Looking at the result, we've been able to condense the main ruleset section by a fair amount. The most substantial gains arise from modularizing and importing fragments from different files. Using functions and their default arguments come in as a runner-up. When it comes to referencing global attributes namespace, Jsonnet represents a step above templating languages like handlebars and and similar.

For those wanting to learn more, I found the official website pretty good. Start going through the tutorial and then read about some of the design choices. Originally Jsonnet was implemented in c++, but there are now a couple of implementations in other languages like golang (go-jsonnet) and rust (jrsonnet) that are both more performant and easier to embed into an application.

The ecosystem is also growing around it, another big configuration pain point for a lot of people today is their Kubernetes manifests and piles of yaml for Helm, Kustomize, or similar. As an alternative here's how you could use Grafana Tanka to define a k8s deployment in jsonnet.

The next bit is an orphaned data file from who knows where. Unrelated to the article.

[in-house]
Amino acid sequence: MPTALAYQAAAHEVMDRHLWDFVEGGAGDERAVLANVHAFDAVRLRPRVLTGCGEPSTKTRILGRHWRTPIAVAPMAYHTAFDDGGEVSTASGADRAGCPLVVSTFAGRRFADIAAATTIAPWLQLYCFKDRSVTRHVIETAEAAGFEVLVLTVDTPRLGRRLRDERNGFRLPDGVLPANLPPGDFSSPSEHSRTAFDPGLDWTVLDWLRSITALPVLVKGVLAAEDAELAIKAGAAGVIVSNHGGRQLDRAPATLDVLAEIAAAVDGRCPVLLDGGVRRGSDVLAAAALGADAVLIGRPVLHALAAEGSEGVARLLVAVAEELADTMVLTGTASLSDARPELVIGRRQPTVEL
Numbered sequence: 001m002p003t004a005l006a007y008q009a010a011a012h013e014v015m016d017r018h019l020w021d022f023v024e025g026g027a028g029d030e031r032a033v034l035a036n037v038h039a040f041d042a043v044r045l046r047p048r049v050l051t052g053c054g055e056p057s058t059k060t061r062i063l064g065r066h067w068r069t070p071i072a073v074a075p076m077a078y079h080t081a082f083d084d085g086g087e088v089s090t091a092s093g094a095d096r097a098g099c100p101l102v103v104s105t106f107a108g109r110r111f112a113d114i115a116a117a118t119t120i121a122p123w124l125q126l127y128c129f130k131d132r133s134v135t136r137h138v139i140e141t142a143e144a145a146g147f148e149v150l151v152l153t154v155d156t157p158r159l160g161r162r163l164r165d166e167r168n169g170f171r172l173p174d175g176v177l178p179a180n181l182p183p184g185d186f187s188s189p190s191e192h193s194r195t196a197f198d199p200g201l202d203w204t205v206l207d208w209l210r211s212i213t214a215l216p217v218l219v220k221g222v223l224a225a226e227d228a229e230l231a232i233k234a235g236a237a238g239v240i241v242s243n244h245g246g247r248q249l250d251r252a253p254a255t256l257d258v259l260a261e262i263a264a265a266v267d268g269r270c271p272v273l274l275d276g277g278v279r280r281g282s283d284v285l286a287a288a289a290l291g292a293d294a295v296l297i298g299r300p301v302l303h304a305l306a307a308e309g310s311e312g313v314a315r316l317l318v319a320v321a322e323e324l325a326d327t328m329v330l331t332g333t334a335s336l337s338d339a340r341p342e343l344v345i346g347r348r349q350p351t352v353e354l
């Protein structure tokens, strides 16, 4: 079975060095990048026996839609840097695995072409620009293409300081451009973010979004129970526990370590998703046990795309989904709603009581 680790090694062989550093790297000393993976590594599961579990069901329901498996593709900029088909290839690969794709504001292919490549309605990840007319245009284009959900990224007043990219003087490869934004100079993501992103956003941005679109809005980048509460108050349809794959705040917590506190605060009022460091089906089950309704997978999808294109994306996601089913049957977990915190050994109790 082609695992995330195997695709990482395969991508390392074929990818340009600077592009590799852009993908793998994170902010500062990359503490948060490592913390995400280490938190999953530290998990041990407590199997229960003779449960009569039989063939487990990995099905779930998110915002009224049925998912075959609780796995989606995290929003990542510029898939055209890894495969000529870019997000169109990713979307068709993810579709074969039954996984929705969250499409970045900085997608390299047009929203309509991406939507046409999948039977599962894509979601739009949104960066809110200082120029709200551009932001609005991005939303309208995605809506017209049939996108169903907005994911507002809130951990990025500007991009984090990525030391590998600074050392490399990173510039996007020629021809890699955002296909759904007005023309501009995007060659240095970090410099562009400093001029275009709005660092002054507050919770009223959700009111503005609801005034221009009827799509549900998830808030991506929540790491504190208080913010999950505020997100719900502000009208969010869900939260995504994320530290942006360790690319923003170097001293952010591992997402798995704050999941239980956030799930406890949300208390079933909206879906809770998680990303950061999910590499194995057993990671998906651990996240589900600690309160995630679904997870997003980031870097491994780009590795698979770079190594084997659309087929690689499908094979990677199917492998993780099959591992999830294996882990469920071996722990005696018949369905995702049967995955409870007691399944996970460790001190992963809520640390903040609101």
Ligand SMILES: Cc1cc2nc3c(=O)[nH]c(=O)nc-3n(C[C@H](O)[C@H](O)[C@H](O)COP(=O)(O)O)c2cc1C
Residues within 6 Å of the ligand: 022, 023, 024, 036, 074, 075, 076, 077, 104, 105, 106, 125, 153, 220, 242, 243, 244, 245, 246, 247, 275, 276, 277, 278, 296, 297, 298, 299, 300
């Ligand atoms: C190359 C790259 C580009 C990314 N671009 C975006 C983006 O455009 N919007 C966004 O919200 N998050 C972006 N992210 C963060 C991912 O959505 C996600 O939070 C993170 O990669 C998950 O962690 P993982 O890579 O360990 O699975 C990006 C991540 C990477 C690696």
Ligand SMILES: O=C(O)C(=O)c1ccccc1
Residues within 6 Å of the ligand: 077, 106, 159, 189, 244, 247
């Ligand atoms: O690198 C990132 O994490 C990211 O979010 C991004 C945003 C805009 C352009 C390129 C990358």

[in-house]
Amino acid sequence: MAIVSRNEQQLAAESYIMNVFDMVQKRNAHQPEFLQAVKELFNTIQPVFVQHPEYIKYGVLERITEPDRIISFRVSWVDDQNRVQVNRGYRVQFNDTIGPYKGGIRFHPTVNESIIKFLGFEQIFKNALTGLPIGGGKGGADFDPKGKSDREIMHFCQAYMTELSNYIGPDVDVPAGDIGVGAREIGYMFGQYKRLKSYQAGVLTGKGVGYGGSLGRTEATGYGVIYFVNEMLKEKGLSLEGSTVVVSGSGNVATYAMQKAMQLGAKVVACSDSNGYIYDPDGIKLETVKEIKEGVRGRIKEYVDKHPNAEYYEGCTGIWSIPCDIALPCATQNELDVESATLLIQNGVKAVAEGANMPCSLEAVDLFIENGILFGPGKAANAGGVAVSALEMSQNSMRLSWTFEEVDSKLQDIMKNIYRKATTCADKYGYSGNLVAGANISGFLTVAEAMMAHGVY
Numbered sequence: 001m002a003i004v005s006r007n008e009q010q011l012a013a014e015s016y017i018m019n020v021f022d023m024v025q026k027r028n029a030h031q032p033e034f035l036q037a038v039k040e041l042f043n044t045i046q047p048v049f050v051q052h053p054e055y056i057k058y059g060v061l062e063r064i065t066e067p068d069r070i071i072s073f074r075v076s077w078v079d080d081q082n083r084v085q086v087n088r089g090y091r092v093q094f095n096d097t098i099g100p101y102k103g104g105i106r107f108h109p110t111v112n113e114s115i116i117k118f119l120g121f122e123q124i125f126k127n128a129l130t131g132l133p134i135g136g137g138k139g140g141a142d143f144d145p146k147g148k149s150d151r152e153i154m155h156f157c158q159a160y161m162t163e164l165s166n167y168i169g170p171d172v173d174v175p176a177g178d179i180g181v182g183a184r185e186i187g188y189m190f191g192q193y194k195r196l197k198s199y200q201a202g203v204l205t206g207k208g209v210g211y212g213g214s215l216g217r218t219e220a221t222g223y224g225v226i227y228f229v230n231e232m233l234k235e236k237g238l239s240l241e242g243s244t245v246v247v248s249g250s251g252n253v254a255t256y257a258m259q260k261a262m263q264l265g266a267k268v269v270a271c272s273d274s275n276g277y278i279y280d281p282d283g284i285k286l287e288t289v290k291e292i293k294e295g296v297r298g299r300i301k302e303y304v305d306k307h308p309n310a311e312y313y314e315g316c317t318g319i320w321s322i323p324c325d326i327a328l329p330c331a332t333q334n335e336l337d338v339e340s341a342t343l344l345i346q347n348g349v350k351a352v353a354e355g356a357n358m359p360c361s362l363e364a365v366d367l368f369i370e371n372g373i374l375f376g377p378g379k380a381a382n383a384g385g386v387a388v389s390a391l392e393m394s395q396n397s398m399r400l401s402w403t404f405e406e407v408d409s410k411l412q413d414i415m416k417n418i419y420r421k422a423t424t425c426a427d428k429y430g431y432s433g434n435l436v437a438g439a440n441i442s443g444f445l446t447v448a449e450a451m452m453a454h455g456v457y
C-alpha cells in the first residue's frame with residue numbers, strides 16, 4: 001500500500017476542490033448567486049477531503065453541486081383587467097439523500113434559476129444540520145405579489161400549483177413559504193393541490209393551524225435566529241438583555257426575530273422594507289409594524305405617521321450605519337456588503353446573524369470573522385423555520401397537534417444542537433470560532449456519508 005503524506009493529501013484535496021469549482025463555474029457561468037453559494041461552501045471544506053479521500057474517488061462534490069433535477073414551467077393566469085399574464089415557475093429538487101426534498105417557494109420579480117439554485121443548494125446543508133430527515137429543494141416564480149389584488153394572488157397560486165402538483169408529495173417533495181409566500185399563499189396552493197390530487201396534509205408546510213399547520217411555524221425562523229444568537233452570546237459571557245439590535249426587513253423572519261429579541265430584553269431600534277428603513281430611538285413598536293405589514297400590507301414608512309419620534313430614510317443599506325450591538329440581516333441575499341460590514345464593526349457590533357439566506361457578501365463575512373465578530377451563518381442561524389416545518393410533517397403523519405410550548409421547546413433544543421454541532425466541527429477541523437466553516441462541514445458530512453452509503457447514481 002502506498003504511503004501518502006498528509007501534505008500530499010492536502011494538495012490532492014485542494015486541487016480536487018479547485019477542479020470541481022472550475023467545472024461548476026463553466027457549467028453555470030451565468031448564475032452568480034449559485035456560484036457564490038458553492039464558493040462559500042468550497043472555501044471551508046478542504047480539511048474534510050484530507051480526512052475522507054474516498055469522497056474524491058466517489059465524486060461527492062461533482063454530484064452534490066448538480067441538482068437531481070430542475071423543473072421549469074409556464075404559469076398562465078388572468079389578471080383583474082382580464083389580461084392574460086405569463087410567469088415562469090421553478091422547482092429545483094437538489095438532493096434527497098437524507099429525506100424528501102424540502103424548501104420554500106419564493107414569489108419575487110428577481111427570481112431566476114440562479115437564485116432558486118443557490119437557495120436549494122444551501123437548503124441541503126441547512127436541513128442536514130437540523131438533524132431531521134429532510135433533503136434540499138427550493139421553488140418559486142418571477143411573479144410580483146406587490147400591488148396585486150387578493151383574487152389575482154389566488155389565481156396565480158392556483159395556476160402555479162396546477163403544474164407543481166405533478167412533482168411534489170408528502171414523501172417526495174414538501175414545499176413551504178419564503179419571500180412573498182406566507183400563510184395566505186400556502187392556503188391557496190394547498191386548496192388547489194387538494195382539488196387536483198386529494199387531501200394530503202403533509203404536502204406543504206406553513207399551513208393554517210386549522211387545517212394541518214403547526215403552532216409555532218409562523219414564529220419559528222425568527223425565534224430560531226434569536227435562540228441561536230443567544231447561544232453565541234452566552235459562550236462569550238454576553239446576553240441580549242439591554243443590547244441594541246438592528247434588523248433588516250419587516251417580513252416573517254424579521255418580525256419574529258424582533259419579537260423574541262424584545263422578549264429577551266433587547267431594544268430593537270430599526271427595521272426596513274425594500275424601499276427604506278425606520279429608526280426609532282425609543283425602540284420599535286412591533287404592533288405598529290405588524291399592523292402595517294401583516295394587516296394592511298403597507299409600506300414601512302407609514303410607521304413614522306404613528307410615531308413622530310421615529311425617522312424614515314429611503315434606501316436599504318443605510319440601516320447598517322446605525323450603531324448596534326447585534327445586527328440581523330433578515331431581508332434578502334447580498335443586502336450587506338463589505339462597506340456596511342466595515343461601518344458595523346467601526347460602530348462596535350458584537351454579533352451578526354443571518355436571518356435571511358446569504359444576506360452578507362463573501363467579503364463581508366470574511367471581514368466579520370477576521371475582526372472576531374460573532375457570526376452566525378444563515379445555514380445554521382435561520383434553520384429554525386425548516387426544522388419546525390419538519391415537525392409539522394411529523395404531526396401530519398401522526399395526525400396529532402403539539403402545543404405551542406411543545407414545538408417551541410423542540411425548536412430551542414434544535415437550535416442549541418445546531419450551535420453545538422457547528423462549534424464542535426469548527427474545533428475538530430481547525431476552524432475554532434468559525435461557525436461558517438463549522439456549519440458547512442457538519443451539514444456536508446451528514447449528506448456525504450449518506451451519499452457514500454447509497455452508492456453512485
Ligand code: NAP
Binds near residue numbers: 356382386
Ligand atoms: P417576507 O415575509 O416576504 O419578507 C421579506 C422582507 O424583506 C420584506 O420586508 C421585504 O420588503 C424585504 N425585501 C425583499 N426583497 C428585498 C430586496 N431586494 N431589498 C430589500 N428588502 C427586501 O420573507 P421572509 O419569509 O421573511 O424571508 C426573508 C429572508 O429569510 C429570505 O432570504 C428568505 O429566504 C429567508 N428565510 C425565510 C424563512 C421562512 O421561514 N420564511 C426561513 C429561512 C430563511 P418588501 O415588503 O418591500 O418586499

local k = import "k.libsonnet";

    grafana: k.apps.v1.deployment.new(

That looks rather nice compared to the yaml that's usually required. Most of the developer tooling you expect from a modern language is also there for jsonnet. We get syntax highlighting, Language Server support, decent documentation (which covers quite a bit more than I described above), and when something goes wrong also decent errors. Here's an example of me missing an import

variable is not defined: anotherRule
    jsonnet/main.jsonnet:50:8-20: variable <anotherRule>
                                : field <rulesets> manifestification

Being a superset of JSON creates a big advantage for the language, as it makes defining objects and operating on them quite natural and easy. If you want to output another format than JSON, that's also possible as long as it could be represented with JSON and the standard library has a few functions to help with that (std.manifestIni, std.manifestYaml).